Museum für Kommunikation
Last summer when in Frankfurt I visited the Museum für Kommunikation. I had written a reminder to myself very recently that I should write about my experience of visiting and was reminded again today when I read about the optical telegraph, or Semaphore, communication networks. I was familiar with semaphore, as shown in the boy scout manuals and used by lifeguards to signal to each other down the beach. I had not, until visiting the Museum für Kommunikation, known that there existed this very extensive network of towers, through out much of Europe, talking to each other in giant sign-language. At the Museum the exhibit showed examples of towers and the evolution of the tower’s signaling systems as well as the various symbol libraries, and had an interactive piece that one could use to spell out a short word using the virtual tower on a screen. In the context of the museum it fit right in, alongside an exhibit on the Thurn und Taxis mail monopoly (they have an original sealed leather mail bag that was found in a central post office after a few hundred years missing, with letters intact) and the evolution of the telephone. The entire museum is an ode to human communication, from cave paintings, to pencil and pen technology, to mail delivery systems, mechanical telephone switching, radio and television and up to and including the internet.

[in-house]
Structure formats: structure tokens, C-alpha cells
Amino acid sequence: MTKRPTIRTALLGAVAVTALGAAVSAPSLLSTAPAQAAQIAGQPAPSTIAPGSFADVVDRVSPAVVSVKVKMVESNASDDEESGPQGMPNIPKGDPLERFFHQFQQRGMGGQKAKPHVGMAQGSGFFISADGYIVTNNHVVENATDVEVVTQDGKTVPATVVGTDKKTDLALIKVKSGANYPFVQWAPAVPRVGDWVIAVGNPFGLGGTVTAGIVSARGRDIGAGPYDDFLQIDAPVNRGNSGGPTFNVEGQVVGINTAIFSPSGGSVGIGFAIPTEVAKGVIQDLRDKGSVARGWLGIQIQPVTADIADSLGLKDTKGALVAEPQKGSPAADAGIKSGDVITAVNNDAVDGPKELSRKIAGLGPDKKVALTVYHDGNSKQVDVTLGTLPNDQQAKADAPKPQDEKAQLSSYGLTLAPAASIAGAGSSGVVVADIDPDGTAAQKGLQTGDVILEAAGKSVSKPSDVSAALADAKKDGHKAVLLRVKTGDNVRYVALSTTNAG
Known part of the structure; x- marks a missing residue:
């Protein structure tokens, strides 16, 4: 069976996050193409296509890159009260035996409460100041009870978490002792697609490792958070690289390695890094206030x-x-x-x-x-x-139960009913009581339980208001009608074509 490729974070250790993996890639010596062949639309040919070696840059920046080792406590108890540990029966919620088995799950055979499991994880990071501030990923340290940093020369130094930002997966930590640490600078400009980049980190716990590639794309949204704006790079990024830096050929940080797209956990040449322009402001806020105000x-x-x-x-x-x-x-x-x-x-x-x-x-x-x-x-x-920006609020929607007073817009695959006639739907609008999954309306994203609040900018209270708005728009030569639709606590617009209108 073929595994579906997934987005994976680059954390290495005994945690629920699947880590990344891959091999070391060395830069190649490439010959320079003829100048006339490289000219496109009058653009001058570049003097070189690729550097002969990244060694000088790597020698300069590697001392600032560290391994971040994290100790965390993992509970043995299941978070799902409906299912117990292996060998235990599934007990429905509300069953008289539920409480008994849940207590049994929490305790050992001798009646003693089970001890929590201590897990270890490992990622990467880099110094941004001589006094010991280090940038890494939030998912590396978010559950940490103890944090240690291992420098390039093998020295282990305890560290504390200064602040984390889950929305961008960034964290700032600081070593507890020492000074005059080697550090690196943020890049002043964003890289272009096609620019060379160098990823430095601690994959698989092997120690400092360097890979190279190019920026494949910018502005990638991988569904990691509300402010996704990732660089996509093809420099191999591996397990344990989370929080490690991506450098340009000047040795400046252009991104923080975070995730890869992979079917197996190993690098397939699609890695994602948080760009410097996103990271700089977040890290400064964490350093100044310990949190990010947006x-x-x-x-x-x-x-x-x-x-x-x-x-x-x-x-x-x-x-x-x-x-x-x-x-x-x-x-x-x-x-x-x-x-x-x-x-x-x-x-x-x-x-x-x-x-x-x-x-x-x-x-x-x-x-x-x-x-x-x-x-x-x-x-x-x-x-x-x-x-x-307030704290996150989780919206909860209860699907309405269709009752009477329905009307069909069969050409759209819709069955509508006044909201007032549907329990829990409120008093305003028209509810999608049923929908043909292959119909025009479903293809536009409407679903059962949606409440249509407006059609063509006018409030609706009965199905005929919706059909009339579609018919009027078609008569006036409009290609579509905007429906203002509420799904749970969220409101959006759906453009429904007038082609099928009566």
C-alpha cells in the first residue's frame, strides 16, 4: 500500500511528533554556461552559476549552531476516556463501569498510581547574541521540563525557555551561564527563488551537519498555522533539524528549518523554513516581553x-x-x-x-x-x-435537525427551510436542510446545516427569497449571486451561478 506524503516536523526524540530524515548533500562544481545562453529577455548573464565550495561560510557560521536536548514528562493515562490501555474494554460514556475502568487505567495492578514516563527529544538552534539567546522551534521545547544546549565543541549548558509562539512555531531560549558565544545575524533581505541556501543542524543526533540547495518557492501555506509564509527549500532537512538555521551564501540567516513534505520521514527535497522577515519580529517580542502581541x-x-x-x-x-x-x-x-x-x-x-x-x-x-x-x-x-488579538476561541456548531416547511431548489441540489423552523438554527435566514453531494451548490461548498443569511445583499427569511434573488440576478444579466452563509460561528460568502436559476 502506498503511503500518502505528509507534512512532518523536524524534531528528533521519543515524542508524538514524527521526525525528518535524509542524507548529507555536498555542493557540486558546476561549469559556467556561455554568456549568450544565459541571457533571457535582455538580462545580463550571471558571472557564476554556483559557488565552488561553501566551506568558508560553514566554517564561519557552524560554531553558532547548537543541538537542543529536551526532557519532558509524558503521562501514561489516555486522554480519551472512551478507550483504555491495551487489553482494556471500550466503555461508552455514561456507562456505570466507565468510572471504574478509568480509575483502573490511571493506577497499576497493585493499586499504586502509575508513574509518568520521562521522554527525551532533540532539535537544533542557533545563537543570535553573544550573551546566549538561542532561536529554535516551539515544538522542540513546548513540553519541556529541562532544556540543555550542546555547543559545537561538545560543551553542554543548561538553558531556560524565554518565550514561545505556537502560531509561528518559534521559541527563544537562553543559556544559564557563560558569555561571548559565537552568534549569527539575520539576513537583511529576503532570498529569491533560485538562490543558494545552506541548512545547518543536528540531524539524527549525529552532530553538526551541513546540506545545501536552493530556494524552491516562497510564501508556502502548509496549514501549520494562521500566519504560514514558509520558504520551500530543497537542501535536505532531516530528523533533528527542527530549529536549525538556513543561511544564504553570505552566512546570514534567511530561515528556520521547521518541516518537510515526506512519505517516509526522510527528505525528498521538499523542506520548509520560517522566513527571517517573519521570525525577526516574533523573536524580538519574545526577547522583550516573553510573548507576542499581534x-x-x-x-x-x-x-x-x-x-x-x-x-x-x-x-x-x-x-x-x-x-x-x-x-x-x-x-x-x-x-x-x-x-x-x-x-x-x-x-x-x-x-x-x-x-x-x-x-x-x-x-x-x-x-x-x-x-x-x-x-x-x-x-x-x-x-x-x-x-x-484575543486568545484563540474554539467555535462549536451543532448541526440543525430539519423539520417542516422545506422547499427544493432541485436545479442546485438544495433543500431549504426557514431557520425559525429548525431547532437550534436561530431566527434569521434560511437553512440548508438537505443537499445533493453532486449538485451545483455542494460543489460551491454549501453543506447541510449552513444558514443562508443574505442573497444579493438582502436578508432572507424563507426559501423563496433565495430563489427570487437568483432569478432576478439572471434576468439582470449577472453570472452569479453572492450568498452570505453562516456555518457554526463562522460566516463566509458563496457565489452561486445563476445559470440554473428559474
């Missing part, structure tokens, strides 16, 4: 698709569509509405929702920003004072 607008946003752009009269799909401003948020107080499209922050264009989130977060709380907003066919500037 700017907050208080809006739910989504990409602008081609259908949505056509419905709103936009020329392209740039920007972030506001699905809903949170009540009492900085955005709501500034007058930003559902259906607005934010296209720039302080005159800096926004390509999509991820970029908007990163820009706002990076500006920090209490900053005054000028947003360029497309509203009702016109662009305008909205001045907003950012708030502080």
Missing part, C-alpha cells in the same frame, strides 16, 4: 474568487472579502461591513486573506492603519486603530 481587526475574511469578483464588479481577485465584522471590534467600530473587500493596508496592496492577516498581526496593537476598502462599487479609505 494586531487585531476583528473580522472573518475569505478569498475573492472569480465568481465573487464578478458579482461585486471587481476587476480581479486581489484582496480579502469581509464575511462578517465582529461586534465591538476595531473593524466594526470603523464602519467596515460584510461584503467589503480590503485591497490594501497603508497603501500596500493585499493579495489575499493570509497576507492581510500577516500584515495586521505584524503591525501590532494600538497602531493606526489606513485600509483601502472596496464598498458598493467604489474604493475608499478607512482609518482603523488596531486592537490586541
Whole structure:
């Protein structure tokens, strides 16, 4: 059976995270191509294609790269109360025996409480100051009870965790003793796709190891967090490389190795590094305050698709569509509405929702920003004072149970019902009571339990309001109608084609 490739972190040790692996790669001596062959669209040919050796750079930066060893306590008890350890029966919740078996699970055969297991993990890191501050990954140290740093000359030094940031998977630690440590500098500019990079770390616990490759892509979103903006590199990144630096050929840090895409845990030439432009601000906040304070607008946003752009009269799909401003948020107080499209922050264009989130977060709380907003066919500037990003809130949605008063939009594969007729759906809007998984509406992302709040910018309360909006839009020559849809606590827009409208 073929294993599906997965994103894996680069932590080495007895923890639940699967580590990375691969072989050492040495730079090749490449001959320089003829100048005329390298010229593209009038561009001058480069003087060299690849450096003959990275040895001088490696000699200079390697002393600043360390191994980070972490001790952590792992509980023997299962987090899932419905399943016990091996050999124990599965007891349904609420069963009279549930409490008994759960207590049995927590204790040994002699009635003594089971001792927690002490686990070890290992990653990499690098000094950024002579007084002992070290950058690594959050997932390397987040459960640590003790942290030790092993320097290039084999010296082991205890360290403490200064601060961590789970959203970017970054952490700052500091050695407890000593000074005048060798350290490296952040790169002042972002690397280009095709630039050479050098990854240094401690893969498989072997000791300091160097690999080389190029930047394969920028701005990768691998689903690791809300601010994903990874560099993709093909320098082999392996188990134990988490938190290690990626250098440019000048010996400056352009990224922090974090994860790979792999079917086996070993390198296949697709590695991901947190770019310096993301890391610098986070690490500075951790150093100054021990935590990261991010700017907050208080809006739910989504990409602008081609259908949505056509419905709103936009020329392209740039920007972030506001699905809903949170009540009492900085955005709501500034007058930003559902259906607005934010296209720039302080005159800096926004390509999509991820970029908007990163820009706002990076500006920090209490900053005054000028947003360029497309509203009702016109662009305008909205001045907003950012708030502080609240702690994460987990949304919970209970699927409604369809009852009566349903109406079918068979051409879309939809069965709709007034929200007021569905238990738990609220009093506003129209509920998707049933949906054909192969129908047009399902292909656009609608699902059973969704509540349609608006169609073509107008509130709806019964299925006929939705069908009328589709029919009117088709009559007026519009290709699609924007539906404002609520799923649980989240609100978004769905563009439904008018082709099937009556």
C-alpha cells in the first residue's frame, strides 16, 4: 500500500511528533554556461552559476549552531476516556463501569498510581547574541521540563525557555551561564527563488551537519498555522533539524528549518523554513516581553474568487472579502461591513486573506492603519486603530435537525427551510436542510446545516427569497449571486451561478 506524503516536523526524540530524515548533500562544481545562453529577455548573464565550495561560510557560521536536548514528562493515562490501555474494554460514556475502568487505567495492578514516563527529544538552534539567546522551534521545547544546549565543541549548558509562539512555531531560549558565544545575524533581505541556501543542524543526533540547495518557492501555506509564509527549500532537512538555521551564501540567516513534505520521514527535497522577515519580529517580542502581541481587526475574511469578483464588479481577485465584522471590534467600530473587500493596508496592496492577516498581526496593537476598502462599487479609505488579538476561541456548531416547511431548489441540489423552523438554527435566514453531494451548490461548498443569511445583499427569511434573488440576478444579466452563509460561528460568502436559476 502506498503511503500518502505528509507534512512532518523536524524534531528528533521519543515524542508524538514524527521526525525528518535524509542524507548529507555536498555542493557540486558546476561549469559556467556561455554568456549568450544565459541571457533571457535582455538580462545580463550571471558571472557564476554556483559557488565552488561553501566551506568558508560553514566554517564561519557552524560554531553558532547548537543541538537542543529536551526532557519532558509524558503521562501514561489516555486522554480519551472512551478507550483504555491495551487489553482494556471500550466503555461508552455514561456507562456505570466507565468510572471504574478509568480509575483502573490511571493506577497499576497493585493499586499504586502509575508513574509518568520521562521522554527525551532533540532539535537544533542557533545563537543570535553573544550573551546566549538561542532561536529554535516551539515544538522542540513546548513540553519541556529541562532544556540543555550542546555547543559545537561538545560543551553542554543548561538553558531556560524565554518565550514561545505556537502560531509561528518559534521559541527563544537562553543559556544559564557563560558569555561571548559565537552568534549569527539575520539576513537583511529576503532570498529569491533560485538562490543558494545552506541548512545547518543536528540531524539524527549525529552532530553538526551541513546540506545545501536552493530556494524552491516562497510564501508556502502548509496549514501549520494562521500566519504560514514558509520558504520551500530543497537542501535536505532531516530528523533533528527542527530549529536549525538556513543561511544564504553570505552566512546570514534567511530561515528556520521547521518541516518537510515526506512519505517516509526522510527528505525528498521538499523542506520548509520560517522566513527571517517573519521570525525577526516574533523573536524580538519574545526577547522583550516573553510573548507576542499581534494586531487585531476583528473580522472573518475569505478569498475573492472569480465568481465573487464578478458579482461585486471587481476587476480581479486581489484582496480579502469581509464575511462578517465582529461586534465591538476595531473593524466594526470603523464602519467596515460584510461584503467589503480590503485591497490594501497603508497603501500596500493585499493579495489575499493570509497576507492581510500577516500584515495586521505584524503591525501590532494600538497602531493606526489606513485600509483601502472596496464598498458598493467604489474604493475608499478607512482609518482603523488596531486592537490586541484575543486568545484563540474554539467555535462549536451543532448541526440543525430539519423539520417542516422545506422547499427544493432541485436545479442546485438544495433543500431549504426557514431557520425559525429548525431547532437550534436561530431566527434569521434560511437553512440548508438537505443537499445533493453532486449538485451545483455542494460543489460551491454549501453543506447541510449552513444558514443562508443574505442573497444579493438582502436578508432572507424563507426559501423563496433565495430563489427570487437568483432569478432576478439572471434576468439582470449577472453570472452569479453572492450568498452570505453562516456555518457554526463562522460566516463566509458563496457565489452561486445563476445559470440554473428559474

The amazing feeling I got here was the efforts surrounding these earlier communications. I won’t add to the continuing discourse of how communication now is easier (it is) or how we don’t appreciate this ease (we don’t) or that the magic is lost (not yet), but I will say that I do take less for granted, and can almost fantasize about the specialness of receiving a letter from a mail carrier arriving on horseback, or hearing the clicks of morse code through a wire from far away.tags:communication networks postal the past
Written by admin (contact).
It was written on December 27th, 2007 at 4:00 pm
Filed in the Category interesting